My Two Cents is a weekly opinion column from Bethesda resident Joseph Hawkins. The views and opinions expressed in this column are those of the author and do not necessarily reflect the views of BethesdaNow.com.
Those who know me know I’m a bit crazed about transparency.
Several years ago, when Bethesda Magazine ran its first profile of Montgomery County charities, I took the list of 50-plus charities and visited their websites. Only two charities shared their books, posting their completed IRS forms and independent financial audits. These two charities were open and transparent.
One of these transparent nonprofits, Manna Food Center, has gone on to receive annual donations from one of my company’s employee fundraisers. The logic behind our giving is simple: We give to Manna (thousands of dollars a year) because Manna does great work and they open their books for public inspection.
Recently, we also started donating to the Wounded Warriors Project for the same reasons we give to Manna — great work, high need, complete transparency.
I’m thrilled to see the Montgomery County government has moved in the direction of great openness and transparency. The books are open. Nonetheless, I’m disappointed that Montgomery County Public Schools, and what it spends, isn’t included in the county government’s new budgetMontgomery tools.
MCPS publishes budget information. Such documents, however, aren’t searchable nor can one download the raw data as Excel files. The new budgetMontgomery website allows for both.
I’m not going to pretend to know why MCPS believes taxpayers shouldn’t see its books. But I will share a brief encounter with an MCPS administrator that perhaps will shed a little light on how MCPS thinks and views the public.
Recently, I found myself at the Fund for Public Schools, an umbrella charity for the New York City public school system. While at the site, I clicked to see if the Fund was sharing it books. It is. The Fund shares it books going back seven years — very impressive.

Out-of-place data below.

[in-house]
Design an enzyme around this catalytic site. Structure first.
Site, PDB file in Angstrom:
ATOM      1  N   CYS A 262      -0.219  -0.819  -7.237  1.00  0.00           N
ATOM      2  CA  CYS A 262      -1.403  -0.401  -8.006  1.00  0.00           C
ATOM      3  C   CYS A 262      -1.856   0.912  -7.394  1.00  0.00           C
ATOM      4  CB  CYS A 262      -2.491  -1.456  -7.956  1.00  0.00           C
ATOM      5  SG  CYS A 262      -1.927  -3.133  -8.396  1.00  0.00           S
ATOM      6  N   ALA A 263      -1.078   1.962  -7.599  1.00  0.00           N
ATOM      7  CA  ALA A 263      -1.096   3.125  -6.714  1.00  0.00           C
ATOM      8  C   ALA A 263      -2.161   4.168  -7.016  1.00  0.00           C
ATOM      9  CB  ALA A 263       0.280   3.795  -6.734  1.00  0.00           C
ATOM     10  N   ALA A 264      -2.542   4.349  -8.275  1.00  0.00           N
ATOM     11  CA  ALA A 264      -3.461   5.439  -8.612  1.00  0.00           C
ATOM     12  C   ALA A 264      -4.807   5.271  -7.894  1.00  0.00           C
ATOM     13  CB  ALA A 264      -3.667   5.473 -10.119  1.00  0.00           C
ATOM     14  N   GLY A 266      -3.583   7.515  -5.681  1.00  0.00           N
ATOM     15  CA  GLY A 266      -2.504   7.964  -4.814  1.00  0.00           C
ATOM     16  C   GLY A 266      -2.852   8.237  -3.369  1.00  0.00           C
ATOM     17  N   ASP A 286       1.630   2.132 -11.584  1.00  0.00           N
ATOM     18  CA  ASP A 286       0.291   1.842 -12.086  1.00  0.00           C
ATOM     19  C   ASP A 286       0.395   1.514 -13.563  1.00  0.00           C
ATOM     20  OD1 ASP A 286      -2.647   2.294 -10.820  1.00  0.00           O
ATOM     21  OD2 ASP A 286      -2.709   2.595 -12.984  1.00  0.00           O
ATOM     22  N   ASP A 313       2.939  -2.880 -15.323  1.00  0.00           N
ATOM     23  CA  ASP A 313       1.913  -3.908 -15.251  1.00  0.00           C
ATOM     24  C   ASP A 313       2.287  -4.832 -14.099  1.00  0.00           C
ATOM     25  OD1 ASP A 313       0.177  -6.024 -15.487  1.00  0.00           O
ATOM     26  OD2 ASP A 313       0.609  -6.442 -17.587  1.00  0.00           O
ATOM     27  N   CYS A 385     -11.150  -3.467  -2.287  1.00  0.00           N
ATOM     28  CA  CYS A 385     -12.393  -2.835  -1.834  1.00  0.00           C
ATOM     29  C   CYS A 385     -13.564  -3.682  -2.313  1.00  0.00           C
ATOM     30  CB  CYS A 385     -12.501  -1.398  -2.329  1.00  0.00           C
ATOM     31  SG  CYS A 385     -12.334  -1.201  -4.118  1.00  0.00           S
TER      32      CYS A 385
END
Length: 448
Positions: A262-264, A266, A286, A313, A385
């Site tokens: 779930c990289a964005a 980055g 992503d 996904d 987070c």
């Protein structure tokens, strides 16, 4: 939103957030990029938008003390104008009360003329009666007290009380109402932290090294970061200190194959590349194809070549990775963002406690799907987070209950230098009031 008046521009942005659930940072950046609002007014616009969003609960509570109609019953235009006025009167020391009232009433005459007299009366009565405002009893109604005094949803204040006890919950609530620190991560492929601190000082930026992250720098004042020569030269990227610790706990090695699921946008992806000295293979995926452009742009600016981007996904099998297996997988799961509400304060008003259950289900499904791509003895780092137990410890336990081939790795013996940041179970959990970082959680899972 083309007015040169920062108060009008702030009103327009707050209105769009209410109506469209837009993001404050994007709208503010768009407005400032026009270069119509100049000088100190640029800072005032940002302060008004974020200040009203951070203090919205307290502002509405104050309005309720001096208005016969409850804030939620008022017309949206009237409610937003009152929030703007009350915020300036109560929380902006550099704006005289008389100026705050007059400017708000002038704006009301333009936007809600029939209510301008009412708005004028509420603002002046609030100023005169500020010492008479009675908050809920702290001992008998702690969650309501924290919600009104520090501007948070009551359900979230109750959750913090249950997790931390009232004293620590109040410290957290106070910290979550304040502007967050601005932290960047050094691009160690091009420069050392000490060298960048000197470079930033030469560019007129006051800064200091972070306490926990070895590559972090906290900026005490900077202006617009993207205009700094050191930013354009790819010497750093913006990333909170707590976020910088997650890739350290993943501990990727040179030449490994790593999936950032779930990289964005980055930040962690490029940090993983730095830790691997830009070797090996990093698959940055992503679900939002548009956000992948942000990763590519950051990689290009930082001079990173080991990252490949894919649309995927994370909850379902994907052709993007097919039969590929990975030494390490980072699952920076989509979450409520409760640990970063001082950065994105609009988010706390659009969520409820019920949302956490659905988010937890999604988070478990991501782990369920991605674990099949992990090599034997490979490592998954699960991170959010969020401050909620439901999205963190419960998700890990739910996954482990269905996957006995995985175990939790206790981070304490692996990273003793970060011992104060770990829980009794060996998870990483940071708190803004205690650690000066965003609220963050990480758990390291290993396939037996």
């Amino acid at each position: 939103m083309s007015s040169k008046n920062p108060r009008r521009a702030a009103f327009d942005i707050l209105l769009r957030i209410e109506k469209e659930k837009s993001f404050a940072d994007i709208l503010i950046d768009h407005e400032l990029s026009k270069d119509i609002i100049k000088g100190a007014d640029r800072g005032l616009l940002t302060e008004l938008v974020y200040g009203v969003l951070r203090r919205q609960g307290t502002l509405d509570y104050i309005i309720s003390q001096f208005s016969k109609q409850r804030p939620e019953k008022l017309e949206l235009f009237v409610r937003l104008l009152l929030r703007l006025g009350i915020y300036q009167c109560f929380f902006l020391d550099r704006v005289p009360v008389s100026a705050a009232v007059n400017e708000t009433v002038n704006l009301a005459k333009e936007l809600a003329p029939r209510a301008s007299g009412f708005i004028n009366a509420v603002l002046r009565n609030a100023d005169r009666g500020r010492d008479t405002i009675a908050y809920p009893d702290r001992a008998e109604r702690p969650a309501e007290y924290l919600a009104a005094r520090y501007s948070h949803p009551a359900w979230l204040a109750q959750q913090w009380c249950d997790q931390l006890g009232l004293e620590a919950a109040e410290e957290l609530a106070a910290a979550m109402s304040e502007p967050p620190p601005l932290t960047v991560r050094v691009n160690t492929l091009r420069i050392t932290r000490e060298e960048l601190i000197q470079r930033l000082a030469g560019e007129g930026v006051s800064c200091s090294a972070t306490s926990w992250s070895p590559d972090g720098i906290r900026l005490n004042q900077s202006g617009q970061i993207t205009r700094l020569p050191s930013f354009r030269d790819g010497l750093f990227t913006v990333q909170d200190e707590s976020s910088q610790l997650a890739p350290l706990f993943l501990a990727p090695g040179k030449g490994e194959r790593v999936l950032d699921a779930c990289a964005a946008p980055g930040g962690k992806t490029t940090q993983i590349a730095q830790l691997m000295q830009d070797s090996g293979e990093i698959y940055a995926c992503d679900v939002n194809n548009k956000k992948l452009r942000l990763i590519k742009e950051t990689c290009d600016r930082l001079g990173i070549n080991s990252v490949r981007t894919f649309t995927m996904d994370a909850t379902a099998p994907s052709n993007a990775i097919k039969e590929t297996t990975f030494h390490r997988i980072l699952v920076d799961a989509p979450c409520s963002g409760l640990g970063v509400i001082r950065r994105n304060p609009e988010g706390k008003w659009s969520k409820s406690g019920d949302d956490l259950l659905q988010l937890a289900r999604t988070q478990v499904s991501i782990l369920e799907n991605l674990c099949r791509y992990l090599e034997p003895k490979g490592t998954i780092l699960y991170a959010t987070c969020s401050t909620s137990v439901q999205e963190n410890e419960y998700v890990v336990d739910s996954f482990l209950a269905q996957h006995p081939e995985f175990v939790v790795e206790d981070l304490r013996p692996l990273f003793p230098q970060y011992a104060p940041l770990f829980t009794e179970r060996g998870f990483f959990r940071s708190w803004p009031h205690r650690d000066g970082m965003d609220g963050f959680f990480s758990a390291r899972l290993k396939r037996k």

All you can find is this statement: “In 2012, the Board of Directors approved the Finance Committee’s retention of Commonfund as the foundation’s investment manager.”
The Commonfund link, however, merely takes you to a public website and provides no specific links to the MCPS Foundation’s financials — the books.
I ended up emailing County Councilmember George Leventhal about this. George sent me to Dr. Andrew Zuckerman, the newly hired MCPS chief of staff.
Several weeks later, I spoke with Dr. Zuckerman on the telephone. He was a nice person. He said he would look into “the books,” and determine why the books weren’t public. But I could honestly tell in his voice that he might not care as much as I cared about the issue.
When on the telephone with Dr. Zuckerman, I mentioned that it seemed odd to me that MCPS — a modern and sophisticated public organization — wasn’t more open and transparent. Being such at has never been easier than right now. Beyond the MCPS Foundation books, I mentioned Schools at a Glance and asked, “Why is such a key, and public MCPS data file not available as a downloadable Excel file?”
His answer (not a direct word-for-word quote, but close enough): “The public would misuse the data.”
How would the public misuse facts such as school capacity, enrollment counts and the number of teachers?
I have no idea what Dr. Zuckerman means when he says the public would misuse data. Perhaps BethesdaNow readers can jump in and provide a few examples of how the public would be helped if the Schools at a Glance information was available as a downloadable Excel file.
Go for it readers. Also help me understand what the downside is to the MCPS Foundation posting its financials.
Joseph Hawkins is a longtime Bethesda resident who remembers when there was no Capital Crescent Trail. He works full-time for an employee-owned social science research firm located Montgomery County. He is a D.C. native and for nearly 10 years, he wrote a regular column for the Montgomery Journal. He also has essays and editorials published in Education Week, the Washington Post, and Teaching Tolerance Magazine. He is a serious live music fan and is committed to checking out some live act at least once a month.